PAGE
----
Thursday, October 06, 2005

Learning from the 1918 virus

The word that scientists at the Armed Forces Institute of Pathology and colleagues at Mt. Sinai School of Medicine and elsewhere have succeeded in sequencing the 1918 pandemic flu virus is major news. The virus contains eight segments, of which five had already been sequenced. The newly published work in the journal Nature completes the process.

The most important lesson is that 1918 was an entirely avian (bird) virus. The 1957 and 1968 pandemics were caused by reassortments that mixed bird and human virus genes, but the 1918 virus seems to have jumped from birds to humans in one step. Thus what happened n 1997 when H5N1 did the same thing is not unprecedented as was thought at the time. This also means that WHO's repeated statements that the feared "mutation" of H5N1 has not yet occurred because the virus is still all bird is not valid.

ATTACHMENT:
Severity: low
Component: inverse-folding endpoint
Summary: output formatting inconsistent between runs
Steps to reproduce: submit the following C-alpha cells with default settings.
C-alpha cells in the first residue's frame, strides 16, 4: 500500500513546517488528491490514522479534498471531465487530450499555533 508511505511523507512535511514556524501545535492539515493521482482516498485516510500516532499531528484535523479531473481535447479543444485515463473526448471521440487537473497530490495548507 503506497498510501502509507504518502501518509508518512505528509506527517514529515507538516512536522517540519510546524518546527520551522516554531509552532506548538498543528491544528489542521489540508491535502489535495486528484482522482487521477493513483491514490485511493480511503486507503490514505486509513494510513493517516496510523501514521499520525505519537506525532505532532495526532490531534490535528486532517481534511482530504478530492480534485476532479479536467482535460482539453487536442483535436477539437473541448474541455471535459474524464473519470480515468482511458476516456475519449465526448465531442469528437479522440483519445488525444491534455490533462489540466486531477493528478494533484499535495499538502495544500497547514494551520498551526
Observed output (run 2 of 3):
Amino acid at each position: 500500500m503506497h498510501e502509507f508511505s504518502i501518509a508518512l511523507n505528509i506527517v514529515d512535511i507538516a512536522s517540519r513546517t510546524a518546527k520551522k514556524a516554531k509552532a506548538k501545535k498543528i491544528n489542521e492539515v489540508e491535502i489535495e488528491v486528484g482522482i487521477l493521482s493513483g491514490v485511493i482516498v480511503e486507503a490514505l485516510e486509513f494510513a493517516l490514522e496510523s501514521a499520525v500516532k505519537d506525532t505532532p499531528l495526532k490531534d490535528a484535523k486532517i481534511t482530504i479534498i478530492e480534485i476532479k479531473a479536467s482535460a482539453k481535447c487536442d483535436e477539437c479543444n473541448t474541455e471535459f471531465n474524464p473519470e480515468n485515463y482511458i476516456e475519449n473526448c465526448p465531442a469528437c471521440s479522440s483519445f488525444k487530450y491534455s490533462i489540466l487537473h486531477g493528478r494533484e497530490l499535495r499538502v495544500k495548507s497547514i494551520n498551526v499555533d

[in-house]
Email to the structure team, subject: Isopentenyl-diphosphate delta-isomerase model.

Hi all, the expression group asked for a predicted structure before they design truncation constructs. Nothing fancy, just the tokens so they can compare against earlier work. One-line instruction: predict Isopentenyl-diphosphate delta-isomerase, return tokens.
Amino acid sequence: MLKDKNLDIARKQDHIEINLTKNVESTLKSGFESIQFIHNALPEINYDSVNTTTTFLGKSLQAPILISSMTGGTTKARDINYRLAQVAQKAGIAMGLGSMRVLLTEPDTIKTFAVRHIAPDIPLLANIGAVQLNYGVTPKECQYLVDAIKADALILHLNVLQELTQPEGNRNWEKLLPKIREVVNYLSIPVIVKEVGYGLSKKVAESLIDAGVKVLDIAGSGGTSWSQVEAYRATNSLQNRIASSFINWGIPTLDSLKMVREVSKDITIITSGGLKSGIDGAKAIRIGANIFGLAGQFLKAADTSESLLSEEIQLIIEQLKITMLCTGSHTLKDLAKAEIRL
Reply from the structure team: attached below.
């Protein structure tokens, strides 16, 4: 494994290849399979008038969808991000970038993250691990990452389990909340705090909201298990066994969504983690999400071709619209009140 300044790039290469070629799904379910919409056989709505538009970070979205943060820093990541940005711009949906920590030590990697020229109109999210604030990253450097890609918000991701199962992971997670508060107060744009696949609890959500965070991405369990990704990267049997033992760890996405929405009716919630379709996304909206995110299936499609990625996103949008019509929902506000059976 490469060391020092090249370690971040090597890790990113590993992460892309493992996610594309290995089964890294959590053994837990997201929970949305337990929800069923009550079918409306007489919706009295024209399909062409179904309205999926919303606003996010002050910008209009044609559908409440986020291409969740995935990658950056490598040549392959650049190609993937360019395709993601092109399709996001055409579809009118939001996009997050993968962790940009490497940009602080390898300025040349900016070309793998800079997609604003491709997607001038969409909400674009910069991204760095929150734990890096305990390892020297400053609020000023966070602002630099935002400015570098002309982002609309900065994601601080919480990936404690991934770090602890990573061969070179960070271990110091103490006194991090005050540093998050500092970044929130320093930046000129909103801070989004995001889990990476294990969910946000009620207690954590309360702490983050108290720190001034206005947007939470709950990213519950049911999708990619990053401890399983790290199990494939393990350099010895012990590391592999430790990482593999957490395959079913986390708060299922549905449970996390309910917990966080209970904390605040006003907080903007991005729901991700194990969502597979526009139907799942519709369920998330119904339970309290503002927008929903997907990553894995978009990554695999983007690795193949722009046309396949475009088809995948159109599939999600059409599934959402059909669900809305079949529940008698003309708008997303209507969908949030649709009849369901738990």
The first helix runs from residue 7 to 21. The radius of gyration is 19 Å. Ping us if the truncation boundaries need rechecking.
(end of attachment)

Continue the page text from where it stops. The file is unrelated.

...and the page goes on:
We don't as yet know what changes in the viral genome are needed to make it "go pandemic" (achieve efficient human-to-human transmission) or what genetic changes confer the unusual virulence seen in current cases and the 1918 virus. The 1918 virus, as revealed in the recent work, seems to have less than a dozen amino acid differences (in the three genes just sequenced) compared to the "normal" avian virus, and some (but not all) of those changes are also in evidence in the current H5N1. The researchers interpret this to mean the H5N1 is still early in the process of human adaptation. The additional (unspoken) inference is that the process of human adaptation is underway.